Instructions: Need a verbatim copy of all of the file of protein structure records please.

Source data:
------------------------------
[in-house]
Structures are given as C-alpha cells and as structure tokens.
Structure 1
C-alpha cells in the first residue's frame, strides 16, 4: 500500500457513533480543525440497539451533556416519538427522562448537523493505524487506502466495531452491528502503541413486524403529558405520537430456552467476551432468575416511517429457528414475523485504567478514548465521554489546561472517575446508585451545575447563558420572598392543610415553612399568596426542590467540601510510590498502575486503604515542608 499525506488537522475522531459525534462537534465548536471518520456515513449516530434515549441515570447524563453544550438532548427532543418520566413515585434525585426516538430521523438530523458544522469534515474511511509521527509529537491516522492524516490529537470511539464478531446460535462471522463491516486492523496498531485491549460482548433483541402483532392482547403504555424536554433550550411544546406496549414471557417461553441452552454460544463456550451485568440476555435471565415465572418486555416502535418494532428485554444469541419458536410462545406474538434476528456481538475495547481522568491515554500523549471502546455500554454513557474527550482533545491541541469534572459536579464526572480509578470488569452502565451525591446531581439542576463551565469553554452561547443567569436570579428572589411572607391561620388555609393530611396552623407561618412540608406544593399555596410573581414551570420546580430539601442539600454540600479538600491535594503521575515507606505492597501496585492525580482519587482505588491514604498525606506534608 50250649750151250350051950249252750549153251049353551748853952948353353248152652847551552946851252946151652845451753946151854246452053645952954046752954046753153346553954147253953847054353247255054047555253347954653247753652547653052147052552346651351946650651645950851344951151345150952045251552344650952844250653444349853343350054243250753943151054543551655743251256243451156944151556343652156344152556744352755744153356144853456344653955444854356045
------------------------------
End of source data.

[in-house]
Structures are given as C-alpha cells and as structure tokens.
Structure 1
C-alpha cells in the first residue's frame, strides 16, 4: 500500500457513533480543525440497539451533556416519538427522562448537523493505524487506502466495531452491528502503541413486524403529558405520537430456552467476551432468575416511517429457528414475523485504567478514548465521554489546561472517575446508585451545575447563558420572598392543610415553612399568596426542590467540601510510590498502575486503604515542608 499525506488537522475522531459525534462537534465548536471518520456515513449516530434515549441515570447524563453544550438532548427532543418520566413515585434525585426516538430521523438530523458544522469534515474511511509521527509529537491516522492524516490529537470511539464478531446460535462471522463491516486492523496498531485491549460482548433483541402483532392482547403504555424536554433550550411544546406496549414471557417461553441452552454460544463456550451485568440476555435471565415465572418486555416502535418494532428485554444469541419458536410462545406474538434476528456481538475495547481522568491515554500523549471502546455500554454513557474527550482533545491541541469534572459536579464526572480509578470488569452502565451525591446531581439542576463551565469553554452561547443567569436570579428572589411572607391561620388555609393530611396552623407561618412540608406544593399555596410573581414551570420546580430539601442539600454540600479538600491535594503521575515507606505492597501496585492525580482519587482505588491514604498525606506534608 50250649750151250350051950249252750549153251049353551748853952948353353248152652847551552946851252946151652845451753946151854246452053645952954046752954046753153346553954147253953847054353247255054047555253347954653247753652547653052147052552346651351946650651645950851344951151345150952045251552344650952844250653444349853343350054243250753943151054543551655743251256243451156944151556343652156344152556744352755744153356144853456344653955444854356045